Just as I perceived a connection between Jewish persecution and racial justice, we now witness the perception that the Palestinian struggle for freedom aligns with the plight of people of color.
The leaders of the Reform Movement responded immediately to this controversial platform by declaring that even though Israel is unjustly vilified, the Reform Movement is still committed to racial justice. Even though our perceived overlapping social histories might compel Jews to fight for racial justice, we must not let others disenfranchise us from engaging in this important work in the United States. Racial justice is about so much more than Israel. We cannot let those who seek to conflate these two issues remove Jews from this important conversation, nor can we use this language as an excuse to remove ourselves from action and dialogue.
In order to stand up for racial justice and fight for equality we need to confront our discomfort with the Black Lives Matter movement. When we name our discomfort and commit to working together, we move towards making a dent in the racial issues of our time. As Martin Luther King Jr. declared, “The ultimate measure of a man is not where he stands in moments of comfort and convenience, but where he stands at times of challenge and controversy.”
The time is now for us to challenge our assumptions about race and strive for equality. My conversations about racial justice have shown that we need to stand up at moments both big and small to show that we care about people of color and to say that Black lives matter. This November we have a chance to stand together. Our state legislators worked to eliminate language in our state constitution that still permits slavery in cases of criminal conviction. Given the racial bias in our judicial system, the fact that we still allow slavery is a hateful eye staring at people of color in our state. The State Senate and House unanimously approved this constitutional amendment which will appear on our ballots. Amendment T will amend the Colorado State constitution to remove the provision that still allows slavery in Colorado and make everyone feel more valued in society.
On Yom Kippur our congregation will welcome Reverends Tawana Davis and Amanda Henderson from the Interfaith Alliance to lead us in a conversation during our afternoon study session called “Peeling Away the Layers: Facing Racism in our Community.” We will explore the issues of identity and community that unite and divide people of faith in Colorado and have an opportunity to discuss how the values of the High Holy Days challenge and clarify our perspectives on race.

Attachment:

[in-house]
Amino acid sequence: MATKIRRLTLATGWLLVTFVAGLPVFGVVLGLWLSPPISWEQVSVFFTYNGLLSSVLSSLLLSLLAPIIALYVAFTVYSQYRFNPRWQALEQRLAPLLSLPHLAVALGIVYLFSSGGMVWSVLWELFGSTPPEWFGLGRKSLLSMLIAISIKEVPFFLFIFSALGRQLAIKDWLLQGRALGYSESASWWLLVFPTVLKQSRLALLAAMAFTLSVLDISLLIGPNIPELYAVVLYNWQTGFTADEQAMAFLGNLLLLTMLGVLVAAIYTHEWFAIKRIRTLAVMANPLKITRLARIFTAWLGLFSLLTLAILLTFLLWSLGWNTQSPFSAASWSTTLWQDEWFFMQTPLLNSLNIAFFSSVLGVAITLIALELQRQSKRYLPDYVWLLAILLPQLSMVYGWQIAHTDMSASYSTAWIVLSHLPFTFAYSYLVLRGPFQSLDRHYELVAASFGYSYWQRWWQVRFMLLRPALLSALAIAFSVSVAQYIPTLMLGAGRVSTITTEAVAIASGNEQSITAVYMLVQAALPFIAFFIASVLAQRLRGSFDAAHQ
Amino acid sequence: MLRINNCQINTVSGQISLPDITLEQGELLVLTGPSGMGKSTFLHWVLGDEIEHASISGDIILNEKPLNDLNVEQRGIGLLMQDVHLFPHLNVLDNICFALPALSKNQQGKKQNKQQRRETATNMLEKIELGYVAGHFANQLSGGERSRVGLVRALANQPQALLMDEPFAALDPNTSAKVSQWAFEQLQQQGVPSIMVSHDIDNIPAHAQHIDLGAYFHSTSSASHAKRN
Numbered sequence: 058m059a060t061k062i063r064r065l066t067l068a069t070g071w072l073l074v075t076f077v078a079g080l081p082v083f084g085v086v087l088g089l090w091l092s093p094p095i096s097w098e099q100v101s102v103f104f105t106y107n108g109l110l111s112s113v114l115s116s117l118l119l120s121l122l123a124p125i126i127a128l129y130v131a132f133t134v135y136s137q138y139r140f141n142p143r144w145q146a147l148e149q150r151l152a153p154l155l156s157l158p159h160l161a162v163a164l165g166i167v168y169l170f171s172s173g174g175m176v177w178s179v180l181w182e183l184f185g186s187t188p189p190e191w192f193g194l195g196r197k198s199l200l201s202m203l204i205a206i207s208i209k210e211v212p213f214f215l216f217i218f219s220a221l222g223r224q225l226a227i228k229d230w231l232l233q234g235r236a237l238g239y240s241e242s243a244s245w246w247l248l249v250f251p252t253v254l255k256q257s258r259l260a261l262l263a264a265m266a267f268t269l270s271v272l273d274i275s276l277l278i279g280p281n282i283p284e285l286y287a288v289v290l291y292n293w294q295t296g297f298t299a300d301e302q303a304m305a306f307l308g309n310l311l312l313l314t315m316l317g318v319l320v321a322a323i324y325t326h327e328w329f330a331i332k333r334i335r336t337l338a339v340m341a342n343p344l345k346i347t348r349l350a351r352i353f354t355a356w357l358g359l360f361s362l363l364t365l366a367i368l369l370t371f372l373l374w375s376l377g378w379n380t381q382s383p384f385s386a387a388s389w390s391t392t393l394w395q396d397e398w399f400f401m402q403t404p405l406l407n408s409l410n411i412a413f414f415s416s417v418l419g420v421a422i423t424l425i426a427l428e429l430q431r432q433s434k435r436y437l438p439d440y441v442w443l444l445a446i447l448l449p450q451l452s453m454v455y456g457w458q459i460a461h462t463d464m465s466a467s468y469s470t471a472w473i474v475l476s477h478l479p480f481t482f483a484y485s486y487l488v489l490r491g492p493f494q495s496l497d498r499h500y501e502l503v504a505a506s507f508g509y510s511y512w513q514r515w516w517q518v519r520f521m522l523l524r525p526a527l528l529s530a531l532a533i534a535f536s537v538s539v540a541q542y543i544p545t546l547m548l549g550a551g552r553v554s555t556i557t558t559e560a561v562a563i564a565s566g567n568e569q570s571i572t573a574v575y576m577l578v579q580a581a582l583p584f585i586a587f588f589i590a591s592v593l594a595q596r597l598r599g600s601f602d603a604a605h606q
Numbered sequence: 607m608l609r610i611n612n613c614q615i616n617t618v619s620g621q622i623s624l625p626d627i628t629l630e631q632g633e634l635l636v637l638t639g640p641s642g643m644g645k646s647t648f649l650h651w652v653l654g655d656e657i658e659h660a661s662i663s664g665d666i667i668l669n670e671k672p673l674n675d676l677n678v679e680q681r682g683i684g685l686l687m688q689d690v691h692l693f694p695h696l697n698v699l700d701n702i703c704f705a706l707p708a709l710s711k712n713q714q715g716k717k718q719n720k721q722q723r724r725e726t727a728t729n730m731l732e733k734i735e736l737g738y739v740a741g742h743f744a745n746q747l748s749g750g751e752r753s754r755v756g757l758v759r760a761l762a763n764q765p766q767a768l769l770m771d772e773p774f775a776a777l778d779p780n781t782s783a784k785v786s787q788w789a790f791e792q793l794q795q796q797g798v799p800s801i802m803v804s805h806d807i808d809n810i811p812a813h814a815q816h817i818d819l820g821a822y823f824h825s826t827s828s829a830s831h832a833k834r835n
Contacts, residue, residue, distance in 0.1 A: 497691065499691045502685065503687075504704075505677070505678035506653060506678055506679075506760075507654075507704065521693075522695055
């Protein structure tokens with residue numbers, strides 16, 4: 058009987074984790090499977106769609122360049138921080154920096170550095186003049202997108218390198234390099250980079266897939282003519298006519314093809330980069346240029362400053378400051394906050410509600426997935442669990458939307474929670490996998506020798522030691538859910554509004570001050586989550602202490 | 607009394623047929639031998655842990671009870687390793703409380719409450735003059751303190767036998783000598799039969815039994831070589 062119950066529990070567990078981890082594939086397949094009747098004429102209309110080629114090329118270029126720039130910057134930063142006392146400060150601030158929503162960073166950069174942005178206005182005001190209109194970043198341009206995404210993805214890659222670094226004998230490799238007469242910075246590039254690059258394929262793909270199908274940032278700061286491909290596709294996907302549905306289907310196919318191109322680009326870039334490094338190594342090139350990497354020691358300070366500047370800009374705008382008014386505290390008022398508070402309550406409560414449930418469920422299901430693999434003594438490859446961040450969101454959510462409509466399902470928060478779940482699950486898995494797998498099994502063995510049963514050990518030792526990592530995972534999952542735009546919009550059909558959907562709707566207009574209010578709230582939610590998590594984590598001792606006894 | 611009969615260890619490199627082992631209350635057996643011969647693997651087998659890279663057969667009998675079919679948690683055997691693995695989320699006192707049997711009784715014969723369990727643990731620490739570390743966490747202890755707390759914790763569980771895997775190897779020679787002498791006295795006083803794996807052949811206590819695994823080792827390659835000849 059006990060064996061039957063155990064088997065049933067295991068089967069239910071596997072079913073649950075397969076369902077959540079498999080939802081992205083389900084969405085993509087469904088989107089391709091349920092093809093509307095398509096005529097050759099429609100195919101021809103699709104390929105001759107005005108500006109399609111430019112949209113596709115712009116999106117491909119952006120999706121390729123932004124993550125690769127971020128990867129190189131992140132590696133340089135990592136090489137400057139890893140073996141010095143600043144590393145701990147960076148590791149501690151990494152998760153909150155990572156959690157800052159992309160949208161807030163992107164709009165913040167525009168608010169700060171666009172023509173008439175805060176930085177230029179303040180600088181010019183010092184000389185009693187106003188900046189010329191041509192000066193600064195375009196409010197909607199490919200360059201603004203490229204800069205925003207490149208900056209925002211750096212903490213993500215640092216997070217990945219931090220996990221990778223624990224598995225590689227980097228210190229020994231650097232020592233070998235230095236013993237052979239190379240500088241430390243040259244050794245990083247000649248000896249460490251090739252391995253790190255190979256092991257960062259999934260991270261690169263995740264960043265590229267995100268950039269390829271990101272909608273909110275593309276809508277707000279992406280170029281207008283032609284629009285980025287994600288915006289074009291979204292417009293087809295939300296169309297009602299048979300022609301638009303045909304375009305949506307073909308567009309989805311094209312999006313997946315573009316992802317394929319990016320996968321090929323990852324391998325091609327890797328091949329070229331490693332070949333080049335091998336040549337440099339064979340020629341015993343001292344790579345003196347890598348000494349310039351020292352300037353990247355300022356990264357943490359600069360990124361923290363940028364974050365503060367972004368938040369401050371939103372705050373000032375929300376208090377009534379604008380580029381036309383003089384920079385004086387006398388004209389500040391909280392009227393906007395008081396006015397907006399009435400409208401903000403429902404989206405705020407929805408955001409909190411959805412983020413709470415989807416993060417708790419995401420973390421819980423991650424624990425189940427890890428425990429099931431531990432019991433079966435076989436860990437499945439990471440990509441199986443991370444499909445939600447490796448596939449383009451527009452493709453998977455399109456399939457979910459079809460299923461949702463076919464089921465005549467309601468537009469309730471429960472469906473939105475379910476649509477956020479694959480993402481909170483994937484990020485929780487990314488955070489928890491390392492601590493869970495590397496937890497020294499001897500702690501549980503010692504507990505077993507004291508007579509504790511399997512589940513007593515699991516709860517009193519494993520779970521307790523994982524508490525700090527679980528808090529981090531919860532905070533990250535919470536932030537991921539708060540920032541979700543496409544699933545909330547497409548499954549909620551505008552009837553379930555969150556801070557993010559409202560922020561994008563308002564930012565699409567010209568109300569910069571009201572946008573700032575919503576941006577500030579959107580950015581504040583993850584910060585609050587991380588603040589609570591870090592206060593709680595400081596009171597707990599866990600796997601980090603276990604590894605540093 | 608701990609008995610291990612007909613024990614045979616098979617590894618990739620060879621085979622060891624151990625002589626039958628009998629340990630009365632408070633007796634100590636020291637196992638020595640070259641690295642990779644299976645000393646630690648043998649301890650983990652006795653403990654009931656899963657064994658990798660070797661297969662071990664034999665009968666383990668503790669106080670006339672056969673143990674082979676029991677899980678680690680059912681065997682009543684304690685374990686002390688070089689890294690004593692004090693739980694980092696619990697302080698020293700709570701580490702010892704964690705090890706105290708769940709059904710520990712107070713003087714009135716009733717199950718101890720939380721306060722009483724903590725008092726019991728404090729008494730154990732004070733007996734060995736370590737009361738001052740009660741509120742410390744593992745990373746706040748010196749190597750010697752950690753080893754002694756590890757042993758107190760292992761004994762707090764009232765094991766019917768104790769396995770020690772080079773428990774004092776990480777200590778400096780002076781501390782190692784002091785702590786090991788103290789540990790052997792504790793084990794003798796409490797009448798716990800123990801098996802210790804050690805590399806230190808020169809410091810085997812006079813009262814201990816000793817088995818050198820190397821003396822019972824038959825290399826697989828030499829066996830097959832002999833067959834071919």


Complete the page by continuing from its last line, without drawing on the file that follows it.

We won’t achieve true equality until we all work together for tolerance and acceptance. Our role in this era of racial issues will be defined by the actions we take outside of this building, by the relationships we build and by our ability to show up in an authentic way.
Each of us is entering the New Year with our own ideas about who we are and who we want to become, and we will encounter people who are different than us. All human beings were created in the image of God and each of us reflect the image of God differently than the next. We must work to see the divine image in everyone. I encourage you to understand how your own racial identity impacts the way in which you see and act in the world.
The rabbis teach us that we are all responsible for the welfare of our community and therefore we must act to ensure that everyone is treated with dignity and respect. We should all be able to live free from the fear that a traffic stop could end our lives because of our skin color or religion. We should be able to live free from the fear that any aspect of our identity could lead to discrimination. As we begin our new year, may we all dedicate ourselves to creating better world.
Shana tova u’mituka. May everyone in the coming year taste the sweetness of equality and justice.
 Alexander, Michelle. The New Jim Crow: Mass Incarceration in the Age of Colorblindness, pg 86. 2010